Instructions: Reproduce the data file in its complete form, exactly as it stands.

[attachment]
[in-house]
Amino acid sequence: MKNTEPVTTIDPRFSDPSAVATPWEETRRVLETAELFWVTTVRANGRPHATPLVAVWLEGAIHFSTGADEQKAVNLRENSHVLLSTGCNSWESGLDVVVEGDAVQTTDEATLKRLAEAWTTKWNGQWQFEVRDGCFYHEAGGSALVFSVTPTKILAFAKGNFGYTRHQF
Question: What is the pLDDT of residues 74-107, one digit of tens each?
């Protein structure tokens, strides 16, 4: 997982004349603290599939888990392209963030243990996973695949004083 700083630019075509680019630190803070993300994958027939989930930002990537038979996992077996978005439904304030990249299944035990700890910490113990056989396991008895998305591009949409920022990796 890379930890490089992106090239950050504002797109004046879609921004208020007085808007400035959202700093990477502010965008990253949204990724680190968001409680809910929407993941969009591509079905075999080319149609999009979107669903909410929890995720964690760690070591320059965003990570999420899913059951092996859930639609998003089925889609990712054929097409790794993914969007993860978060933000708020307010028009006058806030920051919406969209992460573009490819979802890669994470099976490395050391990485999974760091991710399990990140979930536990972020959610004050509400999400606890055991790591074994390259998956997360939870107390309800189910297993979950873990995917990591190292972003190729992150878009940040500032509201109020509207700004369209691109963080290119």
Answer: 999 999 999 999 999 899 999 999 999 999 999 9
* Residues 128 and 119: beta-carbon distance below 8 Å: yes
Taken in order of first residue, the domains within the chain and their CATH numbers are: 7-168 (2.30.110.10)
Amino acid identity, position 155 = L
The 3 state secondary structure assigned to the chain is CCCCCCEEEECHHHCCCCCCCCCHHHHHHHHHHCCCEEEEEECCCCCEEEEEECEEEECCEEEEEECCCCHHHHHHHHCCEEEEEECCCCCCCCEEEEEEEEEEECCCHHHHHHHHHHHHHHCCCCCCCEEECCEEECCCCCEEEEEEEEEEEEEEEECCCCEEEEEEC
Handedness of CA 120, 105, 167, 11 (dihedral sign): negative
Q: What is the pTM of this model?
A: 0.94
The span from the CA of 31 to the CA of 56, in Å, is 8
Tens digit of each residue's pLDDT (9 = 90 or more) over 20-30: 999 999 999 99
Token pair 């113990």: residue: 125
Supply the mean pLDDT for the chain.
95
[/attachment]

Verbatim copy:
[in-house]
Amino acid sequence: MKNTEPVTTIDPRFSDPSAVATPWEETRRVLETAELFWVTTVRANGRPHATPLVAVWLEGAIHFSTGADEQKAVNLRENSHVLLSTGCNSWESGLDVVVEGDAVQTTDEATLKRLAEAWTTKWNGQWQFEVRDGCFYHEAGGSALVFSVTPTKILAFAKGNFGYTRHQF
Question: What is the pLDDT of residues 74-107, one digit of tens each?
């Protein structure tokens, strides 16, 4: 997982004349603290599939888990392209963030243990996973695949004083 700083630019075509680019630190803070993300994958027939989930930002990537038979996992077996978005439904304030990249299944035990700890910490113990056989396991008895998305591009949409920022990796 890379930890490089992106090239950050504002797109004046879609921004208020007085808007400035959202700093990477502010965008990253949204990724680190968001409680809910929407993941969009591509079905075999080319149609999009979107669903909410929890995720964690760690070591320059965003990570999420899913059951092996859930639609998003089925889609990712054929097409790794993914969007993860978060933000708020307010028009006058806030920051919406969209992460573009490819979802890669994470099976490395050391990485999974760091991710399990990140979930536990972020959610004050509400999400606890055991790591074994390259998956997360939870107390309800189910297993979950873990995917990591190292972003190729992150878009940040500032509201109020509207700004369209691109963080290119």
Answer: 999 999 999 999 999 899 999 999 999 999 999 9
* Residues 128 and 119: beta-carbon distance below 8 Å: yes
Taken in order of first residue, the domains within the chain and their CATH numbers are: 7-168 (2.30.110.10)
Amino acid identity, position 155 = L
The 3 state secondary structure assigned to the chain is CCCCCCEEEECHHHCCCCCCCCCHHHHHHHHHHCCCEEEEEECCCCCEEEEEECEEEECCEEEEEECCCCHHHHHHHHCCEEEEEECCCCCCCCEEEEEEEEEEECCCHHHHHHHHHHHHHHCCCCCCCEEECCEEECCCCCEEEEEEEEEEEEEEEECCCCEEEEEEC
Handedness of CA 120, 105, 167, 11 (dihedral sign): negative
Q: What is the pTM of this model?
A: 0.94
The span from the CA of 31 to the CA of 56, in Å, is 8
Tens digit of each residue's pLDDT (9 = 90 or more) over 20-30: 999 999 999 99
Token pair 């113990």: residue: 125
Supply the mean pLDDT for the chain.
95